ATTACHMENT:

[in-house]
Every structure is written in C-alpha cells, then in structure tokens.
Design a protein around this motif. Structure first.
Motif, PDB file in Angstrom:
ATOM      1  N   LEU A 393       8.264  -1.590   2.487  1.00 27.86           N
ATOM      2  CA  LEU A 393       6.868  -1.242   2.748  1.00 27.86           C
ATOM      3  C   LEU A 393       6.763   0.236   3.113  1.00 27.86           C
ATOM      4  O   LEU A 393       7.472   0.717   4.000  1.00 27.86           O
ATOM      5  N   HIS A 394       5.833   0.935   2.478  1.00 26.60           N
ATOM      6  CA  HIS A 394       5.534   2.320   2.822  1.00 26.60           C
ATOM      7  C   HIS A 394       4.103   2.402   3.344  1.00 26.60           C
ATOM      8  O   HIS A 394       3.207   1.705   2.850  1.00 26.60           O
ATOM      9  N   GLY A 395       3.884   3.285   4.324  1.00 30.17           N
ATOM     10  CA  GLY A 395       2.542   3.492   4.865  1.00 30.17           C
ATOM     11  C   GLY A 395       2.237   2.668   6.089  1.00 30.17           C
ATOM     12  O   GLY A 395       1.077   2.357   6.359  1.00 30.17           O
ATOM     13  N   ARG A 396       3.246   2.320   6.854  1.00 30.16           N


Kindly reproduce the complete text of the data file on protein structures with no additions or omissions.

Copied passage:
[in-house]
Every structure is written in C-alpha cells, then in structure tokens.
Design a protein around this motif. Structure first.
Motif, PDB file in Angstrom:
ATOM      1  N   LEU A 393       8.264  -1.590   2.487  1.00 27.86           N
ATOM      2  CA  LEU A 393       6.868  -1.242   2.748  1.00 27.86           C
ATOM      3  C   LEU A 393       6.763   0.236   3.113  1.00 27.86           C
ATOM      4  O   LEU A 393       7.472   0.717   4.000  1.00 27.86           O
ATOM      5  N   HIS A 394       5.833   0.935   2.478  1.00 26.60           N
ATOM      6  CA  HIS A 394       5.534   2.320   2.822  1.00 26.60           C
ATOM      7  C   HIS A 394       4.103   2.402   3.344  1.00 26.60           C
ATOM      8  O   HIS A 394       3.207   1.705   2.850  1.00 26.60           O
ATOM      9  N   GLY A 395       3.884   3.285   4.324  1.00 30.17           N
ATOM     10  CA  GLY A 395       2.542   3.492   4.865  1.00 30.17           C
ATOM     11  C   GLY A 395       2.237   2.668   6.089  1.00 30.17           C
ATOM     12  O   GLY A 395       1.077   2.357   6.359  1.00 30.17           O
ATOM     13  N   ARG A 396       3.246   2.320   6.854  1.00 30.16           N